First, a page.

• My box recently started offering CF kids and I love that we can both go and get in a great workout. It really helped out with my “mommy-guilt” which was I realize was unwarranted. Thanks for posting this! When we work hard and challenge ourselves, not only is it a great example to our children, but we are more heathy and energetic for them.

  • I think that’s awesome your son likes to go to the gym too. He’s a lucky guy to learn the benefits of fitness and get accustomed to that environment at an early age. What a great mother you are!

  • I wish my box did CF kids, I’d love to get them involved but can’t take them to classes, so it really restricts how much CF I do as I work full time then feel bad getting home and heading straight back out 2-3 evenings a week, missing bedtime etc.
    Your images are lovely, your son looks like he’s having a great time 🙂

  • Great article! This resonates with me. I’m an affiliate owner and father. We’re also in Chicago and luckily our box is across the street from my house. I take my 1year old son to box to both give my wife a break and to give him somewhere to crawl around and play. Our athletes love to see him and I get to share my passion with him at a very early age. Again thanks for this piece!

  • Thank you for writing this! Loved it. I’m a mom, a cross fitter, finishing my MBA, work full time, training for a marathon and relocating for a new job. I used to feel guilty about doing a few of those things until I saw the look of awe on my daughter’s face when she sees me finish a race, study “hard books”, power clean “heavy weights” and brag to her friends how strong her mommy is. I take her with me to the gym and all the races I can and I can’t wait to have her there when I graduate with my Master’s. I don’t think doing any of those things takes away from being a mommy…just makes me a little bit busier one.

  • This was an extremely refreshing read. Thank you for the opportunity to trigger self reflection. I struggle with this issue daily. I have three children 5, 3 and 2 years old. My husband and I both crossfit. We have sacrificed much of our “family” time in alternating workout times so that one of us is always with them at the box. It has doubled the time we are training but has increase opportunity for one on three time with the kids. We have many discussions about the amount of time we dedicate to training but in the end we feel that at this time in our family life we are teaching them to work hard to achieve a goal and also it has made us that much better parents because we have to plan in advance the activities and goals for the hours we are at the box as opposed to playing independently in their rooms if we were at home. Things may change in the near future and we may shift away from training and put more time into the training of them (school, sports, etc) but for now it works for us. I don’t let others comments make me doubt what is best for us but I do consider the message and self reflect on how I can improve my situation to become better. Crossfit has taught me so much about pinpointing weaknesses and targeting practice to improve those weaknesses and those lessons translate to my life as a woman, mother and human being. We all a work-in-progress and the minute we become a finished project is when we stop becoming better individuals. Thank you for this post it inspired me to be better today.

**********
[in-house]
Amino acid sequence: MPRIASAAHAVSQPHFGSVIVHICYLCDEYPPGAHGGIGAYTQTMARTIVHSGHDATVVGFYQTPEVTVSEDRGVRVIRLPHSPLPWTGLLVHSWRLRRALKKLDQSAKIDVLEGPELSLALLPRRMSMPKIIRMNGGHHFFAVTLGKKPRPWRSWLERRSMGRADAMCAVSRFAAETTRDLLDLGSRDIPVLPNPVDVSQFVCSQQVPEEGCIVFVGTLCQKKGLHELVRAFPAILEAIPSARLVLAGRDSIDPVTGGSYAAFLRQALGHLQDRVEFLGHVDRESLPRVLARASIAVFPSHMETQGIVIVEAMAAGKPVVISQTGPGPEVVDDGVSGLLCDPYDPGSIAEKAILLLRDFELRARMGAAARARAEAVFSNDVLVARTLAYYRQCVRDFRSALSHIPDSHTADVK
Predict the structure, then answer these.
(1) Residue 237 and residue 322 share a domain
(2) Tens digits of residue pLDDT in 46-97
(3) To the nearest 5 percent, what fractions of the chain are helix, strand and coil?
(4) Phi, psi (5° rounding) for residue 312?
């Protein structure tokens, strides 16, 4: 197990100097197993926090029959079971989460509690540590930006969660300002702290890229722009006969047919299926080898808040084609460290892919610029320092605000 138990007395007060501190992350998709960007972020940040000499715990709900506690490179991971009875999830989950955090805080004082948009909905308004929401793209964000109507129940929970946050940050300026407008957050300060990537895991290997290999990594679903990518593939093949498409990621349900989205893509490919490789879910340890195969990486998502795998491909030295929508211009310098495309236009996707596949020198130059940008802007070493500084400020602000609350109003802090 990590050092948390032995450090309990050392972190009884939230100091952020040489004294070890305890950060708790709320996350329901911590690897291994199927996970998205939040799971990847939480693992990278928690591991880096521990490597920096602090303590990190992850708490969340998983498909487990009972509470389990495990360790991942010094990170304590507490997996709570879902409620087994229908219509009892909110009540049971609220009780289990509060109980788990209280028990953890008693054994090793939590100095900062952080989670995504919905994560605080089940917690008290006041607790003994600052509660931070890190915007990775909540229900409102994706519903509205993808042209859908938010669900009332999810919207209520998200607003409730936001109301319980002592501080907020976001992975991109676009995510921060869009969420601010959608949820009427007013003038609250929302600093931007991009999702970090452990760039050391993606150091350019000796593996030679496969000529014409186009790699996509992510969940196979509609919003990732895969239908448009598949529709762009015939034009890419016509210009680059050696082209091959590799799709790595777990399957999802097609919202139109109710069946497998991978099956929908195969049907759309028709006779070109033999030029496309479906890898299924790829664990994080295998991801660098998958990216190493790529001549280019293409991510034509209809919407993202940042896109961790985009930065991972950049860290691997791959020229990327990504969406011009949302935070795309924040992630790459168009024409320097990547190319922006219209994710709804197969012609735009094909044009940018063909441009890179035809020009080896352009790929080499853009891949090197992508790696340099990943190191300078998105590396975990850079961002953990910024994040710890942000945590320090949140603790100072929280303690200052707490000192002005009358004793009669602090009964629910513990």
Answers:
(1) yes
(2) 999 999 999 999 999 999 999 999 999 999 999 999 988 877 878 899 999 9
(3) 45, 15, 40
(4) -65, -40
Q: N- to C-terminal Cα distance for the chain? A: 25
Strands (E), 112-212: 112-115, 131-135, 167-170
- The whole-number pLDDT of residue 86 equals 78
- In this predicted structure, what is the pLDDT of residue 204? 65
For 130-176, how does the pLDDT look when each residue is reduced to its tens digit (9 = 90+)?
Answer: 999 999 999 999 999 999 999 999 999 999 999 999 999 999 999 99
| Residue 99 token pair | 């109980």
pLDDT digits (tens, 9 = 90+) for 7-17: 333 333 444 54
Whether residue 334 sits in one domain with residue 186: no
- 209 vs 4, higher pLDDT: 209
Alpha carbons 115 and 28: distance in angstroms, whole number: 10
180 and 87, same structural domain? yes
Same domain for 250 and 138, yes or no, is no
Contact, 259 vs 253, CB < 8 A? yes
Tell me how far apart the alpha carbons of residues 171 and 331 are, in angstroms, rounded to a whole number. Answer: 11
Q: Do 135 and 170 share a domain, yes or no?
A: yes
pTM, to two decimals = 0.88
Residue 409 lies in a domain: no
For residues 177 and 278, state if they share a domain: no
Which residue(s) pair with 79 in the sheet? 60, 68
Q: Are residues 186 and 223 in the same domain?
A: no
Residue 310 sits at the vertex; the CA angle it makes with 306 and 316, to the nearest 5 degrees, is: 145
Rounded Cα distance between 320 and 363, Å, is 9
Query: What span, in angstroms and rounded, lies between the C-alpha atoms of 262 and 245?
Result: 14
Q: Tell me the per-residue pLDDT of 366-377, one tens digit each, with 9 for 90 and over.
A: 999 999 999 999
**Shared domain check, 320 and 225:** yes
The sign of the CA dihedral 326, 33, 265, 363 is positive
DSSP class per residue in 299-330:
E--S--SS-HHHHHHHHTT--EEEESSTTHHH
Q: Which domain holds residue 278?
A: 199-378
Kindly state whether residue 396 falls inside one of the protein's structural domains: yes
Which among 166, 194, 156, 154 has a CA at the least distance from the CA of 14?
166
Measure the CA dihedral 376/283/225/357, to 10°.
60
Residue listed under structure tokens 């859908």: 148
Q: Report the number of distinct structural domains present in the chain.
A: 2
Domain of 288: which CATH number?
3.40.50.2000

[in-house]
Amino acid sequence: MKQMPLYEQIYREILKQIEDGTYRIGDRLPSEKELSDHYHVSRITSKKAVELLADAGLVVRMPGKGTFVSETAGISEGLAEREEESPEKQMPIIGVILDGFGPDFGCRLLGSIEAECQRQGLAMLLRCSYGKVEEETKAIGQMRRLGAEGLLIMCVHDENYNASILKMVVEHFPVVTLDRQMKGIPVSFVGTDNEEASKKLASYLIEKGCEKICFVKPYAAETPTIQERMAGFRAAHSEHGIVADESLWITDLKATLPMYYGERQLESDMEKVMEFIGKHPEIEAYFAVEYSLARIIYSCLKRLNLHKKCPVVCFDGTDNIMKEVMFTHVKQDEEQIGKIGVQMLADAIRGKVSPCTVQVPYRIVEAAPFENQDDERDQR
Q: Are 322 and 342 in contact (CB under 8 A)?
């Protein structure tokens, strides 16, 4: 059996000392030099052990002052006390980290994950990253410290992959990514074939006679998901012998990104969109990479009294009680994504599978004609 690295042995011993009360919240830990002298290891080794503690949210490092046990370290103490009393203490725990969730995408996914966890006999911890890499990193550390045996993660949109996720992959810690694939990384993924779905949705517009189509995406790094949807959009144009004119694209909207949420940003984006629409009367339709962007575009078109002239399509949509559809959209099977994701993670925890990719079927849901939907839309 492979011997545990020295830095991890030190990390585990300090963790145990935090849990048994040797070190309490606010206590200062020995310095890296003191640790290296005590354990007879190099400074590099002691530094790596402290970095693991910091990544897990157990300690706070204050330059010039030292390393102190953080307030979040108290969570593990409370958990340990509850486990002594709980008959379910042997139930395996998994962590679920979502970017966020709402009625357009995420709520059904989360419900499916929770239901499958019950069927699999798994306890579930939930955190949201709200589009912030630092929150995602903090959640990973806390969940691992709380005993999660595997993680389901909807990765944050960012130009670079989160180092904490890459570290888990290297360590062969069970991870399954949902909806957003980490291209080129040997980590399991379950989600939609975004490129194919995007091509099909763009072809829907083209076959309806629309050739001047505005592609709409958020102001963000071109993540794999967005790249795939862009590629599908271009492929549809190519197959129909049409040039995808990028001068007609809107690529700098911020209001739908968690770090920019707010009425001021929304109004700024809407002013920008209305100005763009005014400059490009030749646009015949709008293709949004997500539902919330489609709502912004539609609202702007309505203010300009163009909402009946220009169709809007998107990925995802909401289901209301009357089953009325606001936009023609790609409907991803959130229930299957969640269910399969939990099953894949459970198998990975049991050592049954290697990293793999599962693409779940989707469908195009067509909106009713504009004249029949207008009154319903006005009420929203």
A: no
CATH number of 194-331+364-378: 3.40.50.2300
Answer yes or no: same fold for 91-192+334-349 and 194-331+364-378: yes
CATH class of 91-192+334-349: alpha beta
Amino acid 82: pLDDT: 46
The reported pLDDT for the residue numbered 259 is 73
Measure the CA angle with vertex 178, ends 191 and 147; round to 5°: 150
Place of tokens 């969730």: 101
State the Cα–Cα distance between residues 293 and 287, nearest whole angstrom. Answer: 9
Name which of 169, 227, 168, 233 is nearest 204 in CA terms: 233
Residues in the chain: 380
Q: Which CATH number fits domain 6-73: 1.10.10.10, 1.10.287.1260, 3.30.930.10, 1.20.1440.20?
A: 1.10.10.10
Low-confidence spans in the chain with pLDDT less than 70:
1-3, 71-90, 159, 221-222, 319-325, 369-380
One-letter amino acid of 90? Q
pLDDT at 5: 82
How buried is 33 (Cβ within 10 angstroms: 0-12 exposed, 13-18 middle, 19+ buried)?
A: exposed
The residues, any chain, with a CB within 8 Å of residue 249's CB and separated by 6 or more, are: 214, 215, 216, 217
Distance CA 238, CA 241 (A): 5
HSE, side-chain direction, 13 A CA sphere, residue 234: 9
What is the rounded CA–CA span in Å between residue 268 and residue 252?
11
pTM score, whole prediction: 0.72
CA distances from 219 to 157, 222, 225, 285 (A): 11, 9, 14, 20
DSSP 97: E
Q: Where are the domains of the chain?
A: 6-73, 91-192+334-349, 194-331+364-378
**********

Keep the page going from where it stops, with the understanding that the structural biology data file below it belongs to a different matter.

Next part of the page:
• It’s so good to see a intelligent, beautiful, and strong sister compete at your level. I just started doing crossfit this January, and it’s been rough but you inspire me to keep pushing. Go girl! I’m rooting for you.
    Love your brother Kewan McCully Top Fuel Crossfit
    Merrillville, Indiana

  • My box has young children watching parents as well. They really admire their mom or dad for the time it takes and the dedication they see. It’s a powerful message for them to see and become part of early on.

  • Hey Elisabeth…so we have chatted here and there through twitter (mom to 7/homeschools as well) not sure if you have too many followers who fit that profile non the less I think you are doing an amazing job just from what you choose to share with us. I follow you and keep myself current with you and your journey because you are a mother…because your son is always smiling and because you are always smiling. Your stats and winnings are great but more so who you choose to be as a person is even better girl! There aren’t many moms out there who train like you, have the success you have and the amazing and loving son to make it all worth it at the end of the day. Keep your chin up, elbows up and flash that smile girl. Love ya! #teamhulkmom

  • I really admire women who can do it all like you. Your son is lucky to have such a strong role model who is devoted and keeps him so involved. I can see how much he enjoys spending time at the gym with you!